Wednesday, 17 September 2014

Vale Margaret and David



 








It is always hard when a favourite television show ends. The characters have become part of your life, you think of them as friends. You know their quirks, their likes and dislikes, and you are attached to their relationships to each other. Knowing you will never seeing them do anything new again is sad. 

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Yesterday, Australia's most famous film critics, Margaret Pomeranz and David Stratton, announced that their 28-year partnership would finish at the end of this year; they are retiring. For those of you outside of Australia, Margaret and David are very similar to Gene Siskel and Roger Ebert; they have a television show called At the Movies where they review the week's releases, each giving a rating out of 5-stars. Before At the Movies, which has been running for 10 years, they had The Movie Show on another channel that ran for 18 years. 

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They are famous for their inability to agree, though they do not disagree nearly as much as people think they do; they are more likely to like or dislike a film for different reasons. But when they do disagree, it is a joy to watch! Cries of 'Oh Margaret' and 'Oh David' would be traded between the chairs, though it always stopped short of insult. In recent years they added a segment where they would pick a classic and explain why it was so wonderful. These classics are international and Australian classics, and it is rare that they disagree with the choice.

Like any movie-lover, they have their bugbears. David absolutely hates 'shaky-cam,' while Margaret is rarely taken with animation (though she loved the Toy Story series). David also deeply dislikes Lars von Trier. When Melancholia came out Margaret gave it 5 stars, while David could only manage 2.5.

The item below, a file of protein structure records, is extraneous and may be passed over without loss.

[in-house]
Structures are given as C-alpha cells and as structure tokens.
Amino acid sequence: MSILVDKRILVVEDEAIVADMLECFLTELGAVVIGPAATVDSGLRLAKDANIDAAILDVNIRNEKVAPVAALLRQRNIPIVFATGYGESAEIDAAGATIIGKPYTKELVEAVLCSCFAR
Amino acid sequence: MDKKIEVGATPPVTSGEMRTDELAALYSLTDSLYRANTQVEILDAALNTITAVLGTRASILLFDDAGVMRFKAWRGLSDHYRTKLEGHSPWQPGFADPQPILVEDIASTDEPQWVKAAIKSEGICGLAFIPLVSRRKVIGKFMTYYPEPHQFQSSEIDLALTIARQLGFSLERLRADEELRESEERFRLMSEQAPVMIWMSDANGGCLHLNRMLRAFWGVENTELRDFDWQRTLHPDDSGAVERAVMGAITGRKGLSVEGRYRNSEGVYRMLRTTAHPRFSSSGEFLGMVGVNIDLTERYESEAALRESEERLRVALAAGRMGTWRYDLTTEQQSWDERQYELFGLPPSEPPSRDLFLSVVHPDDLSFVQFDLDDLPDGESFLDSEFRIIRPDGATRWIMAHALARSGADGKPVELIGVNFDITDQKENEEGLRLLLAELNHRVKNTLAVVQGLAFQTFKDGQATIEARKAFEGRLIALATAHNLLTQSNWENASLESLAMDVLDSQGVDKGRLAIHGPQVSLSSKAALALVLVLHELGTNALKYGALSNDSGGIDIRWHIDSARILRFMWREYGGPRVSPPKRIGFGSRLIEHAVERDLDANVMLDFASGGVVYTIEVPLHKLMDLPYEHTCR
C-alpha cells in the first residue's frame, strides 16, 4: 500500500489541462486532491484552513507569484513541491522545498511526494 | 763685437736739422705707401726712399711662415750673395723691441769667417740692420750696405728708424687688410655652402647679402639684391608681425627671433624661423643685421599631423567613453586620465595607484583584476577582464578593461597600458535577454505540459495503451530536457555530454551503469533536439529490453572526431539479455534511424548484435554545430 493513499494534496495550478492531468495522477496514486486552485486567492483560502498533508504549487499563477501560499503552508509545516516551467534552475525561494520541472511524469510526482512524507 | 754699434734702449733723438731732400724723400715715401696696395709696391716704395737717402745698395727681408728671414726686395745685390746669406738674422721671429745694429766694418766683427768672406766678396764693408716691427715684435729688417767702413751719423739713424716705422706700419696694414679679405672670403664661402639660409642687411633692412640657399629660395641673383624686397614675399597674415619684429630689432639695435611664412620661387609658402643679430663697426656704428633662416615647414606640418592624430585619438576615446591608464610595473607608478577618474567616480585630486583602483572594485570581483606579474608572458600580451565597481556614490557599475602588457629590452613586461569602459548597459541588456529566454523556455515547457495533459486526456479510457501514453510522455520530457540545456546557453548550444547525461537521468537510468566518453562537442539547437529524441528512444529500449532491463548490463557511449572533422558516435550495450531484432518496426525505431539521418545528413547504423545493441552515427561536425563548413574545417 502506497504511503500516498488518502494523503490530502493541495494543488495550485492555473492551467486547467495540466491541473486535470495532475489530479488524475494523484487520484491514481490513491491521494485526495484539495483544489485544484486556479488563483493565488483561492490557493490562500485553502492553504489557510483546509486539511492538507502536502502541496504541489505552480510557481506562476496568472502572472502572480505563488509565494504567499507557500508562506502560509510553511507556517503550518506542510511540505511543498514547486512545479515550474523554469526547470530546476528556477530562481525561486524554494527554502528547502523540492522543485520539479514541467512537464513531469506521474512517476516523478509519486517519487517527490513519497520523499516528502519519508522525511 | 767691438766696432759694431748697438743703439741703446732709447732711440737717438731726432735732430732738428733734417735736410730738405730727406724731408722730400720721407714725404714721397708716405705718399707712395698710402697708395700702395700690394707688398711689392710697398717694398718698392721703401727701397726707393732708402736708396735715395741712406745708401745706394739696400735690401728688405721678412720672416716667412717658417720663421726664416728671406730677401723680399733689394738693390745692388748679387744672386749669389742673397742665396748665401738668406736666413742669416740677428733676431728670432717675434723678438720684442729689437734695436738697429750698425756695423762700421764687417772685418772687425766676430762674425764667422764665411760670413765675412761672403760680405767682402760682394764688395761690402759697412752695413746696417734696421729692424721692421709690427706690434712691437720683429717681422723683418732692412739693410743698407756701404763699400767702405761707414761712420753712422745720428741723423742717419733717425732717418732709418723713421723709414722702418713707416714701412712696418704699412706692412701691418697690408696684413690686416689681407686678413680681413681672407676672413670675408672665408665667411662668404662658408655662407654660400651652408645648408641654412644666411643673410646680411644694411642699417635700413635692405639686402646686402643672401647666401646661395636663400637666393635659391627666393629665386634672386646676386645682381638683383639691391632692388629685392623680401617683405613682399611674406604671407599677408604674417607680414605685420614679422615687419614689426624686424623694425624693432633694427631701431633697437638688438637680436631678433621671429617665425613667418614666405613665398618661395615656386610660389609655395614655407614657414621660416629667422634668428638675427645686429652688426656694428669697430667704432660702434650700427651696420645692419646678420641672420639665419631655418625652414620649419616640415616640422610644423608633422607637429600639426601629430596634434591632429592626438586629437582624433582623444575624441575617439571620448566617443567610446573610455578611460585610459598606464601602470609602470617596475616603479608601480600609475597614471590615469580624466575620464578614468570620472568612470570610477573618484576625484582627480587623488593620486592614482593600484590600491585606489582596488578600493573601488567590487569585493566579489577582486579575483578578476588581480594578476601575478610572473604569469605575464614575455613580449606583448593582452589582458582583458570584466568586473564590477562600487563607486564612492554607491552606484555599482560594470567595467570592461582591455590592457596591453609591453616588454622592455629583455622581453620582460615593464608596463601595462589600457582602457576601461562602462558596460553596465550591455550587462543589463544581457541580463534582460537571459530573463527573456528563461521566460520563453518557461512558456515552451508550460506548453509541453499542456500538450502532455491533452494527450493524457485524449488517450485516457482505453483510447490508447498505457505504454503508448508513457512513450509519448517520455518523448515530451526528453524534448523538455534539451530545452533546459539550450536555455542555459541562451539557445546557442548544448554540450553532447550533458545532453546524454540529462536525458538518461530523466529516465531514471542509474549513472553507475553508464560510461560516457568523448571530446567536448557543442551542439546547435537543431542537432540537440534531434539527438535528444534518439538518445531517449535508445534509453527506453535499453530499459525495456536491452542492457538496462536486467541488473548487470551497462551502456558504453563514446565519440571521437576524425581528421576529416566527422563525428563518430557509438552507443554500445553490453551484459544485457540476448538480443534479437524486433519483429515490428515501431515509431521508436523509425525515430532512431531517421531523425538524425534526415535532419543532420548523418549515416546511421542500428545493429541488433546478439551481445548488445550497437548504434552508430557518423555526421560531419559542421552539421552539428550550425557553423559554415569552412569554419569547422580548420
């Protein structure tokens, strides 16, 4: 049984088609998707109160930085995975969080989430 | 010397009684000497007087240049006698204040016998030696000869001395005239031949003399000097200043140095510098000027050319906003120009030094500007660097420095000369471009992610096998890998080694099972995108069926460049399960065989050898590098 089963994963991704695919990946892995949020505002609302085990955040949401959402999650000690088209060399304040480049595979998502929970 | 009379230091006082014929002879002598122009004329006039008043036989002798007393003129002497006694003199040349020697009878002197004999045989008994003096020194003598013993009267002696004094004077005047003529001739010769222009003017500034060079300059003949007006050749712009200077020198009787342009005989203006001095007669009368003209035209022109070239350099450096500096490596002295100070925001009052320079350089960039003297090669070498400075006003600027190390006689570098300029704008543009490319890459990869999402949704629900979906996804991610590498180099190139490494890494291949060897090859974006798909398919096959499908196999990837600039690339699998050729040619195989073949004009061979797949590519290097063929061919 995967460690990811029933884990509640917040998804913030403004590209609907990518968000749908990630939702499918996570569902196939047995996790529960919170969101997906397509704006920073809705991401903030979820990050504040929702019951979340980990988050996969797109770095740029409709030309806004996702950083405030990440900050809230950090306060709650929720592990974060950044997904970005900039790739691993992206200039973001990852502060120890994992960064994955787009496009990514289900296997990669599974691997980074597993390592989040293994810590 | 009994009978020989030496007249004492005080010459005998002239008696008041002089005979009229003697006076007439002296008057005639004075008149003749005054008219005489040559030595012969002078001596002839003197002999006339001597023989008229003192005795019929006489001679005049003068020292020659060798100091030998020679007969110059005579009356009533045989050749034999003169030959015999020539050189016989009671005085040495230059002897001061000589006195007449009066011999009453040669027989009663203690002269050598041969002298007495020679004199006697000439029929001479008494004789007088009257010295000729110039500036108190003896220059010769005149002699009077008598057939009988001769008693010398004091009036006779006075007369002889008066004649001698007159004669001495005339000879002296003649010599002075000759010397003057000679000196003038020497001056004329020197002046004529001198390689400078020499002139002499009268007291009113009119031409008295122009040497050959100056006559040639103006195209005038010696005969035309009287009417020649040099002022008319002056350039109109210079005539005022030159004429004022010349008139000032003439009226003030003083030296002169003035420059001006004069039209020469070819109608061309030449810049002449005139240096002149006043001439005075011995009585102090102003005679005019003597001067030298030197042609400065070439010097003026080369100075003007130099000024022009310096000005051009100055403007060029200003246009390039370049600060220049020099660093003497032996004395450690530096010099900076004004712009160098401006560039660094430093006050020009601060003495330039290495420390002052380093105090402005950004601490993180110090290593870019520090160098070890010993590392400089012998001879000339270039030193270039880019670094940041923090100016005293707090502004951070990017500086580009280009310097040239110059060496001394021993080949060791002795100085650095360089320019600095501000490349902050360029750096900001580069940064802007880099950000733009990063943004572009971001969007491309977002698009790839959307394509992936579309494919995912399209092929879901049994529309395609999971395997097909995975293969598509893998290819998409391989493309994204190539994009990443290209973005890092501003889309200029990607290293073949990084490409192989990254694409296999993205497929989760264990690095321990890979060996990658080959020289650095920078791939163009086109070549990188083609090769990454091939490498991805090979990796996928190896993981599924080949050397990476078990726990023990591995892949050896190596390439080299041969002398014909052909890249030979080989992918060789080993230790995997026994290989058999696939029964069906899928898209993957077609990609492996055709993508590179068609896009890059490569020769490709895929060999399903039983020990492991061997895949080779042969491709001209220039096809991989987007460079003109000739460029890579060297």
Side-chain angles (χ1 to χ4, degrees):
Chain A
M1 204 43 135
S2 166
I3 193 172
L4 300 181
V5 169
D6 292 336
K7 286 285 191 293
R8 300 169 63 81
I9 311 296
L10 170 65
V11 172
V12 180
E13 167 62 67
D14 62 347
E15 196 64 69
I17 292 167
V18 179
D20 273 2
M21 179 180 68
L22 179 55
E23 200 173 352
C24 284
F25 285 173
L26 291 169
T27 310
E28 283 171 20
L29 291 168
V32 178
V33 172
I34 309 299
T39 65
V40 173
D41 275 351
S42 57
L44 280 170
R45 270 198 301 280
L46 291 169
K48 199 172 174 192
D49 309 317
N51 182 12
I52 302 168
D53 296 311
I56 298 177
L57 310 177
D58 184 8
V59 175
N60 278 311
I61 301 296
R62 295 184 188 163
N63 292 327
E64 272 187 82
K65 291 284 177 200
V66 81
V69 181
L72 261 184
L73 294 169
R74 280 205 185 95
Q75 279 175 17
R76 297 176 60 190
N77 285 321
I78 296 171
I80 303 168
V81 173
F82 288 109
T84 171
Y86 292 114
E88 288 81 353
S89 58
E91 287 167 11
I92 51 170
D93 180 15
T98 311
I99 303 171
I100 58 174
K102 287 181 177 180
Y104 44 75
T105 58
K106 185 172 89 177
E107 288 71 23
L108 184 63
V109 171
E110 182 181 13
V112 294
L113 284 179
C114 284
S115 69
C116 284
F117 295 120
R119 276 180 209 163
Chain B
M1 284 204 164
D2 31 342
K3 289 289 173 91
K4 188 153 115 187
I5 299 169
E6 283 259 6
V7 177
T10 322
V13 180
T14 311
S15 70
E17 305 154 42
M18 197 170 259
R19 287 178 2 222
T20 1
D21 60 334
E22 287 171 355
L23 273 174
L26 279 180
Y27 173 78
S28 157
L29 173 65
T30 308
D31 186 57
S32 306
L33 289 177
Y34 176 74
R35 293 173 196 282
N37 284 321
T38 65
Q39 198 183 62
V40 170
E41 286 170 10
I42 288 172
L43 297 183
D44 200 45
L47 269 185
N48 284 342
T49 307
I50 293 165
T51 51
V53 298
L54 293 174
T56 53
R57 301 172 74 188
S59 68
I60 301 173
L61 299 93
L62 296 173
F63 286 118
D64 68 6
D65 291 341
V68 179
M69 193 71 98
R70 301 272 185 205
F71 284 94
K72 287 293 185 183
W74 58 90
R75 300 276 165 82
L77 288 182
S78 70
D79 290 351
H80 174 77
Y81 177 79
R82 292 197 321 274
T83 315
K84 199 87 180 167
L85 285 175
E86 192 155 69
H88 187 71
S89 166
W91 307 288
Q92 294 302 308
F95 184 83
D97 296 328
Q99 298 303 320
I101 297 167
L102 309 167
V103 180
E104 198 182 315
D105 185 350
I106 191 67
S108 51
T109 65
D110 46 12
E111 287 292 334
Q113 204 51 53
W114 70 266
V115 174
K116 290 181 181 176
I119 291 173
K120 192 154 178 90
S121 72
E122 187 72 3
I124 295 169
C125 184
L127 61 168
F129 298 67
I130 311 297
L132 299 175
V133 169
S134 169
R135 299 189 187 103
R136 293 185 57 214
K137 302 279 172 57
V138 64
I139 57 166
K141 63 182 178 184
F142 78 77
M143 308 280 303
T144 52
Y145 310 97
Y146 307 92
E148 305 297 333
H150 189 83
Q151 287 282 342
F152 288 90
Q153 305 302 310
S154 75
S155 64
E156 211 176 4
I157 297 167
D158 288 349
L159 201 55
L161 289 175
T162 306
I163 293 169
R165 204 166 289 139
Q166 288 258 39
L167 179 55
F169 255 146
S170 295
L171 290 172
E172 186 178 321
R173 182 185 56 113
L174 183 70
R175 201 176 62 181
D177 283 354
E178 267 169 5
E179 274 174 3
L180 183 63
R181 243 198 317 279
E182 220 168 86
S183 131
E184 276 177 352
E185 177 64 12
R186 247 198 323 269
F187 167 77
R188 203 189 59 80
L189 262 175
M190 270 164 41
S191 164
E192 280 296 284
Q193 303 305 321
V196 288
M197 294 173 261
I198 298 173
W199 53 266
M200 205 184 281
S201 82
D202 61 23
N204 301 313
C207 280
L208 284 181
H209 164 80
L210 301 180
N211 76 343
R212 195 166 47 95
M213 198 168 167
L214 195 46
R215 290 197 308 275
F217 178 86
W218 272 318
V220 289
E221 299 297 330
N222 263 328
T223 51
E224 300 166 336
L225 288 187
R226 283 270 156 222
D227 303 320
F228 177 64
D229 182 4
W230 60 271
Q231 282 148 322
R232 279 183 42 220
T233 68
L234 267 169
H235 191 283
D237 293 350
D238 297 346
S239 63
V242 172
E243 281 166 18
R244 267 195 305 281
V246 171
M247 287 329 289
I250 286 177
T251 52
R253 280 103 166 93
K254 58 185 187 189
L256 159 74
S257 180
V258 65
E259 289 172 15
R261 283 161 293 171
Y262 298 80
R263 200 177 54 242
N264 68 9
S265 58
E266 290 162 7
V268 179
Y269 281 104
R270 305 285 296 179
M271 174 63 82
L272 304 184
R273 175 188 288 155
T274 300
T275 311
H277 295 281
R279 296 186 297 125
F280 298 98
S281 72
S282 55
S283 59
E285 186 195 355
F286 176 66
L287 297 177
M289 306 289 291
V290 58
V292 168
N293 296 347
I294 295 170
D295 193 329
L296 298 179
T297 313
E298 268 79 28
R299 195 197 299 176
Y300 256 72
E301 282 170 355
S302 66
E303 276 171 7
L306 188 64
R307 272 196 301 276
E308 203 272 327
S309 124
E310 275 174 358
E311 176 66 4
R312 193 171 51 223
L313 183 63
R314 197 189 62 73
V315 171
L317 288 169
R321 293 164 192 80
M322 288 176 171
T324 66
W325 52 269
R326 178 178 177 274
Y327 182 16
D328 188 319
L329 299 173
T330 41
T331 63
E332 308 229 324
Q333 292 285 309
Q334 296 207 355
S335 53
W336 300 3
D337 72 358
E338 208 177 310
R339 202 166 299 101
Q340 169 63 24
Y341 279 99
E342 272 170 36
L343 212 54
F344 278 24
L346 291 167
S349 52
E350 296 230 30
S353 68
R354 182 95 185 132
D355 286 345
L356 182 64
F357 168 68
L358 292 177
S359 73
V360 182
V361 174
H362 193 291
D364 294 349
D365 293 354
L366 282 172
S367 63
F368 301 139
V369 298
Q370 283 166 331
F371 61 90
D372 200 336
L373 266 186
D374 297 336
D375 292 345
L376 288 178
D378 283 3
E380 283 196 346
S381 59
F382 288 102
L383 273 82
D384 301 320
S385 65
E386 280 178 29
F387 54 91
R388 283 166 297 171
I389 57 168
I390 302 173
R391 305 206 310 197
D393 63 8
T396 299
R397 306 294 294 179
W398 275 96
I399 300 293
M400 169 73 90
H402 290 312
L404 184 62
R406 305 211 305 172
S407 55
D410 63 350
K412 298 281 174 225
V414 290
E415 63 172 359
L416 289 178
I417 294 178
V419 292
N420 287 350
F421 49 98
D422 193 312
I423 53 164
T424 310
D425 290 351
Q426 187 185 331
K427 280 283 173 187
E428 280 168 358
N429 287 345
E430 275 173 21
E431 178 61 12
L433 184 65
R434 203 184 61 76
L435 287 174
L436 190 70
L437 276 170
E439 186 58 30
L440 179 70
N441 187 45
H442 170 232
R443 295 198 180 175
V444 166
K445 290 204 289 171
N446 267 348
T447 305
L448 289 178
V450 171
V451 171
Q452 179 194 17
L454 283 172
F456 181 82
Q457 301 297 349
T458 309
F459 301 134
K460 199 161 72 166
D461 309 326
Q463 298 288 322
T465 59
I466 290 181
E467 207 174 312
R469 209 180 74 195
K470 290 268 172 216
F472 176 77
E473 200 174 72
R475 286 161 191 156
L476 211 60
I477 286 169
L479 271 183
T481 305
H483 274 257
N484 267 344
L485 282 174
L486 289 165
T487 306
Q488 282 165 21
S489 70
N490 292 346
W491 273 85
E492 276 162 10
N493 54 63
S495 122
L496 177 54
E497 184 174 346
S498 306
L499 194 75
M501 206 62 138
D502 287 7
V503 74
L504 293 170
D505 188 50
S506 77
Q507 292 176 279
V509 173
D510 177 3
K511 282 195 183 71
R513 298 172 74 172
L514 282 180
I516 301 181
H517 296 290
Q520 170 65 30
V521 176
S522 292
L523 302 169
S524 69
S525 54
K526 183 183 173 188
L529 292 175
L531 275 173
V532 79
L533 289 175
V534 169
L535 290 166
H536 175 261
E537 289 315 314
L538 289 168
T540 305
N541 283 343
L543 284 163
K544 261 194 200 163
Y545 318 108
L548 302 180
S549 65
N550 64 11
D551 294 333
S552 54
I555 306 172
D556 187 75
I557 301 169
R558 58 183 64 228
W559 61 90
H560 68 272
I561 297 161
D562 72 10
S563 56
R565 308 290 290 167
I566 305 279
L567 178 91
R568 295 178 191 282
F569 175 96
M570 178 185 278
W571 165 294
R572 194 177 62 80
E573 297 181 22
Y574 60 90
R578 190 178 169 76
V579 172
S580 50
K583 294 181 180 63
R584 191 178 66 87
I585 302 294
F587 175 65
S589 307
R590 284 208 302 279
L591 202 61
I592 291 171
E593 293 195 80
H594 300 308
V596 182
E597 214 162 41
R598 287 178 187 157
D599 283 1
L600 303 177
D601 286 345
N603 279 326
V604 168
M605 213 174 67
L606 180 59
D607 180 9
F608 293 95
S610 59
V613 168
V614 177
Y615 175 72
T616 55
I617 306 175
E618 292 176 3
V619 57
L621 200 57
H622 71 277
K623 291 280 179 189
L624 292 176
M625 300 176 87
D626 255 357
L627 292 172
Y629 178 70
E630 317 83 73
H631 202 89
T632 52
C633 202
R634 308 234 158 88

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They are incredibly supportive of the Australian film industry, encouraging audiences to embrace local productions and get over 'cultural cringe.' They both gave Samson and Delilah (2009) 5 stars, calling it 'one of the most wonderful films this country has ever produced.' David even praised the handheld camera work, calling it 'an absolute object lesson' in how to use it. The affection for them is so great, and they are so well-respected that for their 25th year together, they had a special show where Cate Blanchett and Geoffrey Rush hosted, and played them. 

 
Personally, they are one of the reasons I love films so much. I started watching them around 2005, and have absorbed their focus on all aspects of filmmaking. They always make mention of the screenplay, the cinematography, the direction, the director's background, films in a similar vein to the one being discussed; and they have done so with passion and enthusiasm. They were the first to teach me that cinema can be art as well as entertainment, and that the best films are usually both. 

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Double acts don't come much better!
 

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